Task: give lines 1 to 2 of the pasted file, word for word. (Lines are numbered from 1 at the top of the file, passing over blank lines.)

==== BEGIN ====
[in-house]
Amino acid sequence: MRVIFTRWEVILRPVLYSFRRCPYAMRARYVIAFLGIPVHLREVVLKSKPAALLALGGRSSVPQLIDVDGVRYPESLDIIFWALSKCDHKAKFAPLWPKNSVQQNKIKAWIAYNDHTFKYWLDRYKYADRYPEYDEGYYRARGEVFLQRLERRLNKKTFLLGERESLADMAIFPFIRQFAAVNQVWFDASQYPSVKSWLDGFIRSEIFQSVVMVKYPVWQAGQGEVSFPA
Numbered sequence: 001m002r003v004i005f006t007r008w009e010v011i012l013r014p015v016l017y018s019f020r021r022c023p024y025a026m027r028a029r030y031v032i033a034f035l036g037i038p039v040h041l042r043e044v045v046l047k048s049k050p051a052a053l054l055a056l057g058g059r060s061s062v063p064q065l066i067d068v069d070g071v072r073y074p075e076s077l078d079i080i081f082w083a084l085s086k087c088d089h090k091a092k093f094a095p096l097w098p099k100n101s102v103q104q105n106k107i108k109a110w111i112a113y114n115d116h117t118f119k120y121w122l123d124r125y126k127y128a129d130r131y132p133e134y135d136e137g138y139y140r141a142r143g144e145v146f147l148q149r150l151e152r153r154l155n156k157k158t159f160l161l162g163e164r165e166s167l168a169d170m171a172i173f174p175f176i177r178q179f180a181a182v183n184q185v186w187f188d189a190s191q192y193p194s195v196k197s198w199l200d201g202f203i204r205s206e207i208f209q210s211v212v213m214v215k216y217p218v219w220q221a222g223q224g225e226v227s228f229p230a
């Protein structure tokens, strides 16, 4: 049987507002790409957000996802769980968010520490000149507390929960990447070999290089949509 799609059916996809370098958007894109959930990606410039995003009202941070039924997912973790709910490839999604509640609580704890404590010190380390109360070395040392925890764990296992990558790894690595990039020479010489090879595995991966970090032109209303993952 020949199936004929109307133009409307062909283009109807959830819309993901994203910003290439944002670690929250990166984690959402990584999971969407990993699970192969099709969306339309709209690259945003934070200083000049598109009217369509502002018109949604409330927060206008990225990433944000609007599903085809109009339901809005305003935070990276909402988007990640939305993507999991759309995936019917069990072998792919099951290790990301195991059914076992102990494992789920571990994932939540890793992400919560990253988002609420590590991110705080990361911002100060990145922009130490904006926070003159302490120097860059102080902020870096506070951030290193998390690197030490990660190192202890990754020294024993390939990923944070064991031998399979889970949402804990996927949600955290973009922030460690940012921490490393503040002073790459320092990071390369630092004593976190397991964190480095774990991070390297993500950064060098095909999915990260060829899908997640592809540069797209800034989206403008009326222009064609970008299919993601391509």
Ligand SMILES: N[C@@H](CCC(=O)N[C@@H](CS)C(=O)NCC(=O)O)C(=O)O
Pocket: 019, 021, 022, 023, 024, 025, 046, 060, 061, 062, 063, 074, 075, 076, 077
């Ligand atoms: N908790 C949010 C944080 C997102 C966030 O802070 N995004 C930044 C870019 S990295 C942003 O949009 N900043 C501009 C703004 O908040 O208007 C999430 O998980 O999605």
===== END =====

[in-house]
Amino acid sequence: MRVIFTRWEVILRPVLYSFRRCPYAMRARYVIAFLGIPVHLREVVLKSKPAALLALGGRSSVPQLIDVDGVRYPESLDIIFWALSKCDHKAKFAPLWPKNSVQQNKIKAWIAYNDHTFKYWLDRYKYADRYPEYDEGYYRARGEVFLQRLERRLNKKTFLLGERESLADMAIFPFIRQFAAVNQVWFDASQYPSVKSWLDGFIRSEIFQSVVMVKYPVWQAGQGEVSFPA